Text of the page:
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Men of Numenor - Rank 1
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Date: May 18, 2007
he dispaired and went crazy and want to die in the city he loved and not in bara-dur where he would have ended up.being the ruling stuwart saron would have taken him prisoner.

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Witchking of Angmar - Rank 10
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Date: May 18, 2007
Welcome to the Tolkien Forums kinganarion!
Now...I must disagree with you on this one, I doubt that fear of capture was a big reason. It was pure madness that drove him to this decision, and madness means lack of reasoning.

PS: I would kindly like to ask you to try to use a proper grammar from now on.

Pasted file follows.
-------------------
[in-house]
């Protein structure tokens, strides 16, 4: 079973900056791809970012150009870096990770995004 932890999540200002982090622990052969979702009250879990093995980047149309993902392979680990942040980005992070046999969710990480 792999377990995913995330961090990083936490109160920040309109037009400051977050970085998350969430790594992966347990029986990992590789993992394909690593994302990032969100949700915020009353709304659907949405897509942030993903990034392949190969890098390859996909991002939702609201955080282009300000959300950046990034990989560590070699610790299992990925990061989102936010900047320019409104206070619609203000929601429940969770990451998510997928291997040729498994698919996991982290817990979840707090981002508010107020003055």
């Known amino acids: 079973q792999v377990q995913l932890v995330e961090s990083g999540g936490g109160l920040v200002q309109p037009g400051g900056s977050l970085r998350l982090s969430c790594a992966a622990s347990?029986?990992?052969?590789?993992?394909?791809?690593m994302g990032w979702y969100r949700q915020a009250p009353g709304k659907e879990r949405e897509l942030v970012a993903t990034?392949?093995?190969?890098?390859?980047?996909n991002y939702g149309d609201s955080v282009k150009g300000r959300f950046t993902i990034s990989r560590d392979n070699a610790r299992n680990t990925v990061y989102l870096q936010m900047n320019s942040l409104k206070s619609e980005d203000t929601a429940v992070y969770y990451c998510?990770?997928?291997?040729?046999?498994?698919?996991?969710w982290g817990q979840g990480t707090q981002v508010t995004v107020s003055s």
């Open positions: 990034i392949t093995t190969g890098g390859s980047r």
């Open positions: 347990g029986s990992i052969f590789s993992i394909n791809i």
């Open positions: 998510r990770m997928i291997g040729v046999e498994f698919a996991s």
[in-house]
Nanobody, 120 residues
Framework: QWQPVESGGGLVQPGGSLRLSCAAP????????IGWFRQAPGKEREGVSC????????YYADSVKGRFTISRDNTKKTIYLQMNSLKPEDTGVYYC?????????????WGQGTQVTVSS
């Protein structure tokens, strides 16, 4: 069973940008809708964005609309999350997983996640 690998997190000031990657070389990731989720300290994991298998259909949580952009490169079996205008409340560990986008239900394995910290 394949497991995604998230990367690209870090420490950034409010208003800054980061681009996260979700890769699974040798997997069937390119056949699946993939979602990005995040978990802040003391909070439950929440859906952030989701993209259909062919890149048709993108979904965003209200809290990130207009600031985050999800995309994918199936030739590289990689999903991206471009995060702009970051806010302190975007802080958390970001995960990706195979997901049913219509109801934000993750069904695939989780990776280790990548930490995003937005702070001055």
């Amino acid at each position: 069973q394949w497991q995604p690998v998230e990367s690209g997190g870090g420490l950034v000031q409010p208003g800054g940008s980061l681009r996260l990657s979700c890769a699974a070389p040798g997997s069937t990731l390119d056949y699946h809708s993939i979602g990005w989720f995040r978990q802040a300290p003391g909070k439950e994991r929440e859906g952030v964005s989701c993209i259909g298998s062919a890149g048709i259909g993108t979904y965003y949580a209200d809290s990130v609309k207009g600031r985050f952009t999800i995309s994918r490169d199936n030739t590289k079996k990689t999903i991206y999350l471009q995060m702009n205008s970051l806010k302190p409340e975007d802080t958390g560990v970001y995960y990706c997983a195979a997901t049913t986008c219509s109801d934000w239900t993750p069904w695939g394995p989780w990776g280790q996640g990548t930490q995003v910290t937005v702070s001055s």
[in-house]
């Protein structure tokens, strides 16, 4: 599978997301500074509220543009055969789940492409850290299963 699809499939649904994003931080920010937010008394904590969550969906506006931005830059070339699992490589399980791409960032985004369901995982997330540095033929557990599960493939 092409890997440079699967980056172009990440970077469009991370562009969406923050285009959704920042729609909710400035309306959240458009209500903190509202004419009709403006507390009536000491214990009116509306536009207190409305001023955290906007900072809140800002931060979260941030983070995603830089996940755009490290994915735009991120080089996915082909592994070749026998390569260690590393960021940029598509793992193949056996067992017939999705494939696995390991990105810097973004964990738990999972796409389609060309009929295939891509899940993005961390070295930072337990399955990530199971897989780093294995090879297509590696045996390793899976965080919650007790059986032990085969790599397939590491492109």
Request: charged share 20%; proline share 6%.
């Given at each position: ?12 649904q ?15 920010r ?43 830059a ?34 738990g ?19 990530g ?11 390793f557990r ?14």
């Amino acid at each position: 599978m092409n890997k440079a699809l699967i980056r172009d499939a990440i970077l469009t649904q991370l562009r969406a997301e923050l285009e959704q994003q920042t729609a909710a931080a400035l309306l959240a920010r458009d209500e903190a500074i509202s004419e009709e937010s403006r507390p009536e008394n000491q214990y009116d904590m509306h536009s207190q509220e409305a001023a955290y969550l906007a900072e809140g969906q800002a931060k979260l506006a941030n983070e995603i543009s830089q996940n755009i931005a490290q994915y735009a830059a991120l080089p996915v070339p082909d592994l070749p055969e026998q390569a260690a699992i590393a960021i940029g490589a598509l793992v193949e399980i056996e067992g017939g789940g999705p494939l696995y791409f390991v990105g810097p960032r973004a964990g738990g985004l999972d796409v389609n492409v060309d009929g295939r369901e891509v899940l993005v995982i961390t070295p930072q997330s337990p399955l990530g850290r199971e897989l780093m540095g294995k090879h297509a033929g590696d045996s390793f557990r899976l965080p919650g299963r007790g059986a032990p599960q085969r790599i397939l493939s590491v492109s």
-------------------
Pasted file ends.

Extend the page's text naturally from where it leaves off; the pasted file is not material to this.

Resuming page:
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Tom Bombadil
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Date: May 18, 2007
Smiles at kinganarion, Welcome mellon. And thank you The Might Yes, King Anarion there is a function in your word processor on your computer, called spelling and grammar that will help you with grammar and spelling. King Anarion, if you look in chapter 7 of ROTK, The Pyre of the Steward, it is all spelled out in detail.

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Ring a dong! hop along! fal lal the willow!
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Elf of Beleriand - Rank 2
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Date: May 21, 2007